I should add that I tried HCl+pepsin, and also digestive enzymes, but that didn't do the trick. I've been eating a lot of fermented foods, too. I just ordered ox bile (Bilex) to give that a try.

So, any advice about B supplements in such a situation? Sorry for such a long post; I hope it was all clear, at least.

Thanks.

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3 Answers

1
75d65450b6ff0be7b969fb321f1200ac

(2506)

on May 02, 2013
at 11:54 AM

If you had a colonic biopsy showing inflammation then it seems likely you have an inflammatory bowel disease (Crohn's, ulcerative colitis). Like most autoimmune diseases, folks with IBD can experience periods of remission and relapse. So it wouldn't be terribly shocking if you've had multiple colonic biopsies showing differing results. It might be that your dietary efforts have eliminated the inflammation but you still suffer from a gut flora imbalance. Fair chance it is yeast (Candida) causing you gas pains.

I suggest you read Breaking the Vicious Cycle (Gottschall). She promotes what is essentially a low carb Paleo diet. Her diet has worked wonders for many with IBS and IBD. It helped me tame my IBS but I admit for the first few weeks my symptoms were highly volatile.

You might also want to get tested for H. pylori, a common bacteria that can cause all sorts of digestive grief. After being treated for H. pylori my symptoms improved further.

Best of luck.

_Lazza

1
Cb9a270955e2c277a02c4a4b5dad10b5

(10989)

on May 01, 2013
at 08:03 PM

Eat less saturated fat IMO, especially low fat dairy, full fat dairy or a high sat fat diet gives me gut issues also. If you want to lower inflammation supplement with zinc and exercise, seriously.

0
F5a0ddffcf9ef5beca864050f090a790

(15515)

on May 02, 2013
at 10:40 AM

Again, I will repeat myself - I do not believe in all that inflammation theory. I mean, I believe in inflammation, it is just works differently in my understanding. I bet it has something to do with gut flora.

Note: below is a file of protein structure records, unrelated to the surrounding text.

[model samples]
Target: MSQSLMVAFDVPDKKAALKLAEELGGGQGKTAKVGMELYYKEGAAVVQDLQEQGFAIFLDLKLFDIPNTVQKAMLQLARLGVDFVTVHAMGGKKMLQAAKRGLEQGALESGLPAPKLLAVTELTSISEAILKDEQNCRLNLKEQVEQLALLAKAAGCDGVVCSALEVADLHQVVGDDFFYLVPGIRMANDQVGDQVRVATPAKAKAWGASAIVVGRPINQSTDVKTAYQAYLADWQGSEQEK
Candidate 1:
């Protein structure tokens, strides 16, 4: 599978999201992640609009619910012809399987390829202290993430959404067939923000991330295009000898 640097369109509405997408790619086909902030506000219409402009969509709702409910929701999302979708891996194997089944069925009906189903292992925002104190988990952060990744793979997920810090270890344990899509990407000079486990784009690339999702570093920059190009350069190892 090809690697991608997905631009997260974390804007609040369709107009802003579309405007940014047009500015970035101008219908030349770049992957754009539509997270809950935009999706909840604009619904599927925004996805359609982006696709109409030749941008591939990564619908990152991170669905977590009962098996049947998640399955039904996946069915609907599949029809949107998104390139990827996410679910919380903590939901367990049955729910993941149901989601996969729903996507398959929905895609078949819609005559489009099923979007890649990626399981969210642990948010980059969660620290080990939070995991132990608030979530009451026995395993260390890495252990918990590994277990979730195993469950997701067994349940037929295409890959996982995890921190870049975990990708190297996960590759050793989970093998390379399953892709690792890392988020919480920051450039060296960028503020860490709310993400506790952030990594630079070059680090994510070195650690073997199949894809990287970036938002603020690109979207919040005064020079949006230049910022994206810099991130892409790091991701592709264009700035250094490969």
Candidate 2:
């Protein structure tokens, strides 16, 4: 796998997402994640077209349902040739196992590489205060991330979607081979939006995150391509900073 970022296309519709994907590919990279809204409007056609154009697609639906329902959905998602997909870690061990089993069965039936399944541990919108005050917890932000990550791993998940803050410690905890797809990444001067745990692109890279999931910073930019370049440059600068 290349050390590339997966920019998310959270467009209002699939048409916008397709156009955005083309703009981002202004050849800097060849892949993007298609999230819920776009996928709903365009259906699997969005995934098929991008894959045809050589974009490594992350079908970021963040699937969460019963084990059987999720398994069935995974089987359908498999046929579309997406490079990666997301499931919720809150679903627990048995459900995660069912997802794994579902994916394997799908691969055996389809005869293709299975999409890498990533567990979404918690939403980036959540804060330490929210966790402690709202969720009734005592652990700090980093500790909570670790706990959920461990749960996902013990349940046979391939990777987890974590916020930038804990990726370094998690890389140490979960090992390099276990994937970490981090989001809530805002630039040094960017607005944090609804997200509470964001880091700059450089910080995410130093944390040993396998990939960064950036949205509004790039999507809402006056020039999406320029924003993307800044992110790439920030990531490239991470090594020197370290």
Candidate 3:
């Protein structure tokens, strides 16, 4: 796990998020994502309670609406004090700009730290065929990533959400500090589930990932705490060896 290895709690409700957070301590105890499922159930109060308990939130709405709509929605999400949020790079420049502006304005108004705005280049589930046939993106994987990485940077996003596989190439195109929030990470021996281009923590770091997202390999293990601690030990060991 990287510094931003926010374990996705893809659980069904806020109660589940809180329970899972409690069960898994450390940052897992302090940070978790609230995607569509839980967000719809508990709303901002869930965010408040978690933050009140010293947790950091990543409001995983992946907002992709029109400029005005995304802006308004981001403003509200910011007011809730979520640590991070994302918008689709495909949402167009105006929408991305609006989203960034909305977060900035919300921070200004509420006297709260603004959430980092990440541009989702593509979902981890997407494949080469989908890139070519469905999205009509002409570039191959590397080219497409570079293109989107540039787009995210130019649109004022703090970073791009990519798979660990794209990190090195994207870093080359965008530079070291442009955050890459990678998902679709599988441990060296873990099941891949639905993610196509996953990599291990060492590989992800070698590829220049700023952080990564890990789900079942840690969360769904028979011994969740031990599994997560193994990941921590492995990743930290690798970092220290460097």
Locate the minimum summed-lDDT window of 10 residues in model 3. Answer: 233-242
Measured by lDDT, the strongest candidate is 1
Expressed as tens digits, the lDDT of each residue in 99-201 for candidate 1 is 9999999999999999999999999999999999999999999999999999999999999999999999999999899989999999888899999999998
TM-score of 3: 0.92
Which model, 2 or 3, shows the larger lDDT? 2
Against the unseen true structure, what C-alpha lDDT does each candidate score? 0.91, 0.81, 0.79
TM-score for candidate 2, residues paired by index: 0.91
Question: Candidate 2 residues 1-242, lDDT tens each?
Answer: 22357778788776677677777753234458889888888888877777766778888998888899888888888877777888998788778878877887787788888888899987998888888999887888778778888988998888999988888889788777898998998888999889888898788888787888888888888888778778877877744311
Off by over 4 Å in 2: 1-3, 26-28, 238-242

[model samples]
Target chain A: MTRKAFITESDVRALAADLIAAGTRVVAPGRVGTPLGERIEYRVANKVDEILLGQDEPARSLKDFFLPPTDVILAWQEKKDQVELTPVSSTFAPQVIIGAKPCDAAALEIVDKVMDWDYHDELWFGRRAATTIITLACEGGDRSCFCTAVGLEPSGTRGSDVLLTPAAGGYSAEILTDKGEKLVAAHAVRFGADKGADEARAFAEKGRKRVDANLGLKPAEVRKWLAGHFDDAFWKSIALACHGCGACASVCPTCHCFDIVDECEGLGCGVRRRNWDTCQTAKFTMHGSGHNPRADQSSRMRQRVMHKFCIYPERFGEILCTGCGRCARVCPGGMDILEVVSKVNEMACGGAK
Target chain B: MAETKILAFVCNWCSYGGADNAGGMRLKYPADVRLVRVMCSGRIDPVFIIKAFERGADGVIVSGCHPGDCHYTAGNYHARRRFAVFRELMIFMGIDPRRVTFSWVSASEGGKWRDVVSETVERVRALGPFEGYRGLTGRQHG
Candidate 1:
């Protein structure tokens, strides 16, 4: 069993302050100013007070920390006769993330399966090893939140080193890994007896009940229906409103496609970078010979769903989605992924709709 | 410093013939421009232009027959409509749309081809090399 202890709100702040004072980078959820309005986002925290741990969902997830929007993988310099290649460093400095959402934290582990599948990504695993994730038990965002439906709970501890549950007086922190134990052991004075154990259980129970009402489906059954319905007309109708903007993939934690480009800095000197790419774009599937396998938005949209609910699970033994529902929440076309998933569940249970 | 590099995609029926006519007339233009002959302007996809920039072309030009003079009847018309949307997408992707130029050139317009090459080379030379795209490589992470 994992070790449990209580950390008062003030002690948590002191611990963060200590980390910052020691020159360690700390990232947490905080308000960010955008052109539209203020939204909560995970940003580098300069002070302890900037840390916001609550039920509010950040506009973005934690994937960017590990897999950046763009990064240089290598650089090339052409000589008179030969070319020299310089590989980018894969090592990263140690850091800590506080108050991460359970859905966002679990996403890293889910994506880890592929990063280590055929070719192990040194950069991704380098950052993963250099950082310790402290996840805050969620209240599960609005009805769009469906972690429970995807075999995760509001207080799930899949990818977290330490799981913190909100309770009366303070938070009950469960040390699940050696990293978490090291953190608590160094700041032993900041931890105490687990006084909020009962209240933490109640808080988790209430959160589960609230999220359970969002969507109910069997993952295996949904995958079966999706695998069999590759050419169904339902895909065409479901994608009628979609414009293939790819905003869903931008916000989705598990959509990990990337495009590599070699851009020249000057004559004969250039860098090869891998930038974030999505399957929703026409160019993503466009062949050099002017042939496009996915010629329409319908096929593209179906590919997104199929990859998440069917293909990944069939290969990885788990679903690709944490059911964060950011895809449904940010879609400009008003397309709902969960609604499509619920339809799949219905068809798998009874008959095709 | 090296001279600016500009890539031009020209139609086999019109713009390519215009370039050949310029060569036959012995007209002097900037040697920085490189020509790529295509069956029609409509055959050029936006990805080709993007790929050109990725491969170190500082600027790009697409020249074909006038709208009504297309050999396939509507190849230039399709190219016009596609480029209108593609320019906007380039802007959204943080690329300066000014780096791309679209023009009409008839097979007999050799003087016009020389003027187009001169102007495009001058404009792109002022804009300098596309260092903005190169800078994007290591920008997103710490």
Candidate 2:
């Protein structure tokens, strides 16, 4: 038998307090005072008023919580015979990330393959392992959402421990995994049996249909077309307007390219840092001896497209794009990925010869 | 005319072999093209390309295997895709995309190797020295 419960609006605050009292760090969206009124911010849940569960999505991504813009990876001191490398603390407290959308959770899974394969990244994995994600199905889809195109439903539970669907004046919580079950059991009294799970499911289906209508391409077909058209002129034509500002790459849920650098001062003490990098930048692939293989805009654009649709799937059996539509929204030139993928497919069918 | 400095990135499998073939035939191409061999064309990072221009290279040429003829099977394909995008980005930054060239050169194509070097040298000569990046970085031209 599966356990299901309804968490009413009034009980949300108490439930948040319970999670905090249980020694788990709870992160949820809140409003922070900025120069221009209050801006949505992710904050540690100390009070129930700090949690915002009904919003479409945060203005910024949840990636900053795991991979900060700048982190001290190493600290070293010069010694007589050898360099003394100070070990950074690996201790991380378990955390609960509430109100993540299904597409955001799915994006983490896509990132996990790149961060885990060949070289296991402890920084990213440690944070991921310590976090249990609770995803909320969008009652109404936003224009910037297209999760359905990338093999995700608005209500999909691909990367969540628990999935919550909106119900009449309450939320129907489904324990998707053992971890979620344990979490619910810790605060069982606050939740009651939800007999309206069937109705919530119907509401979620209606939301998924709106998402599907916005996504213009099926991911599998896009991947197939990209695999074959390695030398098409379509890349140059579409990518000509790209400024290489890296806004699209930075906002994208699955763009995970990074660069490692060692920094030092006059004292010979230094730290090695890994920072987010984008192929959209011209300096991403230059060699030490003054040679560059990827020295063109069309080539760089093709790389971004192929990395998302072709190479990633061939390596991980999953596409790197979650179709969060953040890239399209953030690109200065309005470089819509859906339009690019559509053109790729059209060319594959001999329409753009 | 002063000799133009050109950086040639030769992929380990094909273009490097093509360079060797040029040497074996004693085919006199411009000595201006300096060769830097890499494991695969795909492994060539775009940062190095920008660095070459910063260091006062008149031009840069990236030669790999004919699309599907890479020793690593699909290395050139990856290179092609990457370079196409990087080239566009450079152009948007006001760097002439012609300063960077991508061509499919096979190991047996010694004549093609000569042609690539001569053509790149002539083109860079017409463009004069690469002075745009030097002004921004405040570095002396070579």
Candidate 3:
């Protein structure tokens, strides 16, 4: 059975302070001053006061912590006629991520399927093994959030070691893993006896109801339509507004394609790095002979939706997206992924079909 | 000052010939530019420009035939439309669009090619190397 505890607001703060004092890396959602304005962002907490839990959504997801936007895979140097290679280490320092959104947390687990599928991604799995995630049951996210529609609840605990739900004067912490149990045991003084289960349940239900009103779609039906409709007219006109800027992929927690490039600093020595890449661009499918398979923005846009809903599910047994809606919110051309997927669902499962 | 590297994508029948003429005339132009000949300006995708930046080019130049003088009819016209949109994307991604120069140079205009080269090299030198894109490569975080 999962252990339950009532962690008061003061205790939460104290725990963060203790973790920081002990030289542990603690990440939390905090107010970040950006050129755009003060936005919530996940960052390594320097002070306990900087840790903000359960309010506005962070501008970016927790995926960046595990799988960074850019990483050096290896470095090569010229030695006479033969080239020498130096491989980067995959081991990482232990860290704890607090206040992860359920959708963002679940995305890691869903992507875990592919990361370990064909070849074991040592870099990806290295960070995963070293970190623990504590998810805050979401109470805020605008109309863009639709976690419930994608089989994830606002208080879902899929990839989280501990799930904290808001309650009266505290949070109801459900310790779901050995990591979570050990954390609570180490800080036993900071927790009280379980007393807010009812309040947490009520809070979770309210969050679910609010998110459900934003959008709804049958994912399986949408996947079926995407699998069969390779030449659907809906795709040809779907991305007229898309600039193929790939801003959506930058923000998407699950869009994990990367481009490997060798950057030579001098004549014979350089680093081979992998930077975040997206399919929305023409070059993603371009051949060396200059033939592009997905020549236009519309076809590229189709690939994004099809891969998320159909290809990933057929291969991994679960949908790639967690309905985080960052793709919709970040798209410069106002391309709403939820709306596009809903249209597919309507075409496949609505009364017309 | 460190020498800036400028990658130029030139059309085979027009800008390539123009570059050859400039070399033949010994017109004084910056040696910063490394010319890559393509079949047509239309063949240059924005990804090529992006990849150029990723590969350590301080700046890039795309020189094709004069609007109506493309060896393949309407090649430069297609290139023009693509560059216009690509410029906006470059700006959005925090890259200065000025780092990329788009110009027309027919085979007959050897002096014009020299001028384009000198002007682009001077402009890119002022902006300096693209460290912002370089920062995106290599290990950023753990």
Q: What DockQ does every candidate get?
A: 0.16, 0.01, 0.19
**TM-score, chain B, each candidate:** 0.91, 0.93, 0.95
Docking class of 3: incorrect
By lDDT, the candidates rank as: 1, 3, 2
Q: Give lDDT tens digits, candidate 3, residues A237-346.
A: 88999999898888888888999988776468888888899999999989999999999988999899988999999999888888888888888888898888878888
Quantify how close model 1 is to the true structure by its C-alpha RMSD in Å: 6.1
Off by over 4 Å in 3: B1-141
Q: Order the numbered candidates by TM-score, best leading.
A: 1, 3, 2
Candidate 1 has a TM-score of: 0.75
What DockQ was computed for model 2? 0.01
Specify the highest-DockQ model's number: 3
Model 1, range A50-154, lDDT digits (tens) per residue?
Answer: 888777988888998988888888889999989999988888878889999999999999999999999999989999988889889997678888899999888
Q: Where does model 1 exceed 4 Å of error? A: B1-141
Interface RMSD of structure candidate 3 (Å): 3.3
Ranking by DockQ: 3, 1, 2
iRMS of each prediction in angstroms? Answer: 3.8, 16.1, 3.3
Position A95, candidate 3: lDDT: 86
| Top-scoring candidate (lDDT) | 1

The only way we get vitamins/minerals is by extracting them out of food. Once this whole processing gets messed up, your body can no longer digest the important nutrients so the whole array of problems suddenly appear to haunt us.

I was lucky enough to find a half-decent doctor and came to him with all the prior diagnostics I have done myself (so much for the medical community that is completely incompetent).

He figured I had gut dysbiosis and prescribed me a very weird routine. I thought he would give me probiotics but that's not the case. But probiotics will follow in two weeks.

So...

Have you tried finding a good doctor who can help you to restore your digestive system back to normal? I have listened to the podcast of the Underground Wellness - the guy (I forgot his name) talks about gut biology and it makes a lot of sense. Eliminate, eradicate, repair, repopulate, etc.

What Paleo is designed to do is to repair our gut flora. But sometimes Paleo is not enough.

Hope you find some answers.